Essay on Analysis Of Street Art Vs. Museums

1581 Words Jul 26th, 2016 null Page
Street Art Versus Museums: The Role of Context in Exhibition The concept of integrating urban life and art has come to play a central role in a movement of artists for whom the city walls act as the canvas to their limitless imaginations. These artists practice street art - the creation of unsanctioned visual art in a public space outside the context of traditional art venues. Since the birth of this art form during the late 1960s in New York, these artists have often been in dissonance with the dominant culture due to the illegal nature and unconventional methods behind their self-expression. As detailed in the following: The energy and expression of street art [has been] widely regarded by the general populace as a kind of urban noise - prosecuted when possible, but otherwise best ignored, just as we might similarly block out the unpleasant offenses of litter, loud neighbors, or honking traffic. (McCormick 19).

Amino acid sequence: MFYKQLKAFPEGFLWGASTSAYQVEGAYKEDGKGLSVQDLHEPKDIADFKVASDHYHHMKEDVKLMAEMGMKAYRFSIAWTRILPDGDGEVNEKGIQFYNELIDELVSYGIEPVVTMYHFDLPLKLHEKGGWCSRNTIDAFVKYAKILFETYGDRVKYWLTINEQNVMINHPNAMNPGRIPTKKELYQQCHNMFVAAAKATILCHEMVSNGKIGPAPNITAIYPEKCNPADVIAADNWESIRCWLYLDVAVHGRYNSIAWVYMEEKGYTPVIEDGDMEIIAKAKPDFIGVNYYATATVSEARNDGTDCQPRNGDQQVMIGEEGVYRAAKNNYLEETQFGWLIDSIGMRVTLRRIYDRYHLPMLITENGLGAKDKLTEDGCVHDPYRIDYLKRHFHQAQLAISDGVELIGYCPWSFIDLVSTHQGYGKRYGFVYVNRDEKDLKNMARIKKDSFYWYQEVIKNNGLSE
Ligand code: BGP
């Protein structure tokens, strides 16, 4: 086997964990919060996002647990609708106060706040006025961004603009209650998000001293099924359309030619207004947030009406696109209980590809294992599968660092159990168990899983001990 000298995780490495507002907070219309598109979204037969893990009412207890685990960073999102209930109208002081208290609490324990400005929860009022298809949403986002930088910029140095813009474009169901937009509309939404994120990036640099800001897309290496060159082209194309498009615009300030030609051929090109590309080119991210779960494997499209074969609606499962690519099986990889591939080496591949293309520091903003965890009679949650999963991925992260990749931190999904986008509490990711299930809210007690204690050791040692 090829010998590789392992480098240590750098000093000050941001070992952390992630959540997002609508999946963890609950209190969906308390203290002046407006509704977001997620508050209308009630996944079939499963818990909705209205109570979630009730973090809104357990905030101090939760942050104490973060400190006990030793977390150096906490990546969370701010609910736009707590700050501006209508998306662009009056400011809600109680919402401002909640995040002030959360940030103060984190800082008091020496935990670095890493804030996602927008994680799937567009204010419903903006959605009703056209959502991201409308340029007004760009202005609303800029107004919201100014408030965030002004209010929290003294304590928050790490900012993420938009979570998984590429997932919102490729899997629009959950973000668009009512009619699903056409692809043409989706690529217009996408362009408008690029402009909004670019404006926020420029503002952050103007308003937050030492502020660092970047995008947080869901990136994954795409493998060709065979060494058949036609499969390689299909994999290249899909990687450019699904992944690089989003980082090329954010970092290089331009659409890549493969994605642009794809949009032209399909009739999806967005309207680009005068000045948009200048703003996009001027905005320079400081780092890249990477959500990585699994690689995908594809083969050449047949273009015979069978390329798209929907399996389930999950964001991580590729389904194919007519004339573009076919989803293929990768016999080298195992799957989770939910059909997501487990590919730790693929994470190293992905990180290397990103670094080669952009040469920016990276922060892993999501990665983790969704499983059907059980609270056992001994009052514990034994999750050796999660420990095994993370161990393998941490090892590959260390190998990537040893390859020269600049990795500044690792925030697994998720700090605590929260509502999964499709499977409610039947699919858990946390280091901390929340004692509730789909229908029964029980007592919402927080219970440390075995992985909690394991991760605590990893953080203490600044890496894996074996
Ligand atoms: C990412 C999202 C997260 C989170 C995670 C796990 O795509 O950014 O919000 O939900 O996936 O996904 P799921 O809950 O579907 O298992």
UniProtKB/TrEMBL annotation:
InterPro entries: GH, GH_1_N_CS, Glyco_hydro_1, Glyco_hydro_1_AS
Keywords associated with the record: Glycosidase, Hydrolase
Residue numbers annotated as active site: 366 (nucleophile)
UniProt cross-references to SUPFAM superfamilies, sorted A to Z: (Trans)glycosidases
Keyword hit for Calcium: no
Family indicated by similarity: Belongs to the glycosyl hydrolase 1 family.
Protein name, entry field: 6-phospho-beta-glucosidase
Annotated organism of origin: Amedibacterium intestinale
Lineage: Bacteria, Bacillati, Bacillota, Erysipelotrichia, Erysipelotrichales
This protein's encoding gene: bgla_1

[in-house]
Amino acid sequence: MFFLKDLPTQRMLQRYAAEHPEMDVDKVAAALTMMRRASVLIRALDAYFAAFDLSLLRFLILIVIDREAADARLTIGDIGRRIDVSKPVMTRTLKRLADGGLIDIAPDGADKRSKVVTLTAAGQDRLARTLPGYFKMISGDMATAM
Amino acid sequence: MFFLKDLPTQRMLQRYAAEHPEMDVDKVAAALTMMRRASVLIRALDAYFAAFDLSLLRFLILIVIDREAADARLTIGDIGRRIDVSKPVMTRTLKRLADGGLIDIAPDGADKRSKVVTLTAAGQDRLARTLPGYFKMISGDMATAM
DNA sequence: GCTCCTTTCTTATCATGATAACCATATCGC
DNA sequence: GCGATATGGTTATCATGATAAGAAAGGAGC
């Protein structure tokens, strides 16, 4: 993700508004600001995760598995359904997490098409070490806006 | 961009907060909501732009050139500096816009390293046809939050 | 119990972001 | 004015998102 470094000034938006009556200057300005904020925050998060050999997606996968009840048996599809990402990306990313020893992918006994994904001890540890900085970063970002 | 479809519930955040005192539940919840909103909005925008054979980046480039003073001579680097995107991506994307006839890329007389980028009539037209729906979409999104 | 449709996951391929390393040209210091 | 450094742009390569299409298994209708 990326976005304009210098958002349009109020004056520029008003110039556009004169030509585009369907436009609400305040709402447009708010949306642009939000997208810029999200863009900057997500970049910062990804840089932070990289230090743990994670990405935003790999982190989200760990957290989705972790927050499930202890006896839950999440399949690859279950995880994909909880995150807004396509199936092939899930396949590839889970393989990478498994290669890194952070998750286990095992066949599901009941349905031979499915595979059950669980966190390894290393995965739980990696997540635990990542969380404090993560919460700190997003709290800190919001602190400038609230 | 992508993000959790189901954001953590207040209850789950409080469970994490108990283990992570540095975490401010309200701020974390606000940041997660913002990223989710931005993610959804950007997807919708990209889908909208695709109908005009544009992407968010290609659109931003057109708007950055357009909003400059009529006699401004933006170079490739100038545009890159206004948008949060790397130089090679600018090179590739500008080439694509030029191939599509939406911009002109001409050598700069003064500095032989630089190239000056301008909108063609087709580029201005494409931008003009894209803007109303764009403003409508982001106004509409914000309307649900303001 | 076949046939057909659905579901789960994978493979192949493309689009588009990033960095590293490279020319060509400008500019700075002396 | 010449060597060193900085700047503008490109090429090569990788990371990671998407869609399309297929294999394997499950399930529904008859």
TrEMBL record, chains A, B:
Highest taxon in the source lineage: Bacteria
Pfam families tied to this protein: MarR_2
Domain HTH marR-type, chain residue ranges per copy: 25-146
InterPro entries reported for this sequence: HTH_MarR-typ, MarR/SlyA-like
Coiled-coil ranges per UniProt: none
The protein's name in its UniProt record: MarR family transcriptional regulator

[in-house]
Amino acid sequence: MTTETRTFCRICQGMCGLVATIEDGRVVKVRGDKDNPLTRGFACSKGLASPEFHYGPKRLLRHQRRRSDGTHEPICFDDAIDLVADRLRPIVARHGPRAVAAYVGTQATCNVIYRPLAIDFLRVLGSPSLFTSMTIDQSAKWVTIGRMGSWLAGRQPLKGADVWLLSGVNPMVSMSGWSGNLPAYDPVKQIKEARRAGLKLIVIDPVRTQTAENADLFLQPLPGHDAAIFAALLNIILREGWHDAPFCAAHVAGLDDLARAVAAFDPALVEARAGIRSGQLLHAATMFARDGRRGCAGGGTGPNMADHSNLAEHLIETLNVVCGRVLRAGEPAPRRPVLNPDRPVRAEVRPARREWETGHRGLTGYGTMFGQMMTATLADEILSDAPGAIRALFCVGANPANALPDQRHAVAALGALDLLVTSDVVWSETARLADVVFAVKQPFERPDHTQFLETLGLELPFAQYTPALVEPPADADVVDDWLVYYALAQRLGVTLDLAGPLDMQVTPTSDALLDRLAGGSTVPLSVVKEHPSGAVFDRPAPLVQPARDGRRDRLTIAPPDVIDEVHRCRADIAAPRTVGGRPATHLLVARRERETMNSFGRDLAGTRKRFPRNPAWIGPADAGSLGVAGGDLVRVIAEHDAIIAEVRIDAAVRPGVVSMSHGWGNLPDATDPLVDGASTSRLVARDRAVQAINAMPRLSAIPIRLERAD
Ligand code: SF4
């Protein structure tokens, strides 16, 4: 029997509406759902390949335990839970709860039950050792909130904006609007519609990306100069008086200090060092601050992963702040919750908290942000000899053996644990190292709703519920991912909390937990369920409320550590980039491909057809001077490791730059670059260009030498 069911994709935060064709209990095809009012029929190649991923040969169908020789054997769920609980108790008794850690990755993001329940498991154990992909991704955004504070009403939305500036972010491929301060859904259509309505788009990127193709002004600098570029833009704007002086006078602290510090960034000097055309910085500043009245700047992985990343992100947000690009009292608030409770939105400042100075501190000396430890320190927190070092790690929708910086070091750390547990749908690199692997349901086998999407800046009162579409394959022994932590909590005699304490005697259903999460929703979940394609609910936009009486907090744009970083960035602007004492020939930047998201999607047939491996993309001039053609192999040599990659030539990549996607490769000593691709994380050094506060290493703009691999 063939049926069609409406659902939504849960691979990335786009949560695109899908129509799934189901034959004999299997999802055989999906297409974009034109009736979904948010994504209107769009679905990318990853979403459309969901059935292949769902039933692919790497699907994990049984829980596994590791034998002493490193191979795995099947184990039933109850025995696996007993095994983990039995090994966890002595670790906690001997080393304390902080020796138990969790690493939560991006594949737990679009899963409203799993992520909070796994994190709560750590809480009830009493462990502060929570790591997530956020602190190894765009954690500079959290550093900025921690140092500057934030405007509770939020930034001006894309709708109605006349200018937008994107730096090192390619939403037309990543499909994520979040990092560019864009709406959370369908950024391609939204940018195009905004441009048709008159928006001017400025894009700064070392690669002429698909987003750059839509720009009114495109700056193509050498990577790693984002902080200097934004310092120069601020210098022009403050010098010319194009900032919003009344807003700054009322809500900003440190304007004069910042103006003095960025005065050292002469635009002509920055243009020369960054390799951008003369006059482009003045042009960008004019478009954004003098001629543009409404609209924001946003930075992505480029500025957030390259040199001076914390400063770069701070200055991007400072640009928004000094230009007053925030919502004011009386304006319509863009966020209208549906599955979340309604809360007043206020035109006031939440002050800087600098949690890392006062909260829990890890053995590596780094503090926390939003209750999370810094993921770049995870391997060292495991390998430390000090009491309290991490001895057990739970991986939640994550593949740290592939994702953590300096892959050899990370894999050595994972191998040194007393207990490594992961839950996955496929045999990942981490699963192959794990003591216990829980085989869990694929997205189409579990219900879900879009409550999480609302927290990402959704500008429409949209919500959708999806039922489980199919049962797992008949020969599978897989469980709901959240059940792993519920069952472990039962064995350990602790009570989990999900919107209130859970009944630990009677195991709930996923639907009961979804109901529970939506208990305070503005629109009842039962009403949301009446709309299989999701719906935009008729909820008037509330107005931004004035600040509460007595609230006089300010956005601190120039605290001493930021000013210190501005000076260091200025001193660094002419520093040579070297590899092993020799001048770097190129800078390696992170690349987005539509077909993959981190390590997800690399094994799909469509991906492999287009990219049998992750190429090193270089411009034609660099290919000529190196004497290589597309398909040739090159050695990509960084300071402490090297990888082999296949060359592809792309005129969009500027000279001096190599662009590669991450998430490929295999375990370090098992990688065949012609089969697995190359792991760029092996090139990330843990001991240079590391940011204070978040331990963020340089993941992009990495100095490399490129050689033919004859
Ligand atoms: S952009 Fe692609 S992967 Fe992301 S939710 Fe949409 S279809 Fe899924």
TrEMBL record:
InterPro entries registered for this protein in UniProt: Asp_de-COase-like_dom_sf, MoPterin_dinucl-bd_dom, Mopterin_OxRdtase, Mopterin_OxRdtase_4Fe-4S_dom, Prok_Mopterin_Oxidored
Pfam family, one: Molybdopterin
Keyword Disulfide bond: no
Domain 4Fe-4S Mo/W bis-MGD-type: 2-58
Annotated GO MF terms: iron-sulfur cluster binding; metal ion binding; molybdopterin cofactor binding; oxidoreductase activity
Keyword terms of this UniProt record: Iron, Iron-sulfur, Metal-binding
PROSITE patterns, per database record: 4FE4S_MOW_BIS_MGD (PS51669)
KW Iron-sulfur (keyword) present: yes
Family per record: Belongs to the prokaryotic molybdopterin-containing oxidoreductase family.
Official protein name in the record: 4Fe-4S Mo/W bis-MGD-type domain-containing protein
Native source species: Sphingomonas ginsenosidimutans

Within the last decade, however, the contemporary art world has begun to recognize the collection of street art in cities as more than just this “urban noise” and rather as an artistic movement. In 2011, the Museum of Contemporary Art of Los Angeles became the first major art museum that attempted to celebrate this movement by holding the exhibition titled Art in the Streets. Though the exhibition quickly became the most visited in the history of the museum, the problem arises of how such a traditional art institution can fully capture street art by…

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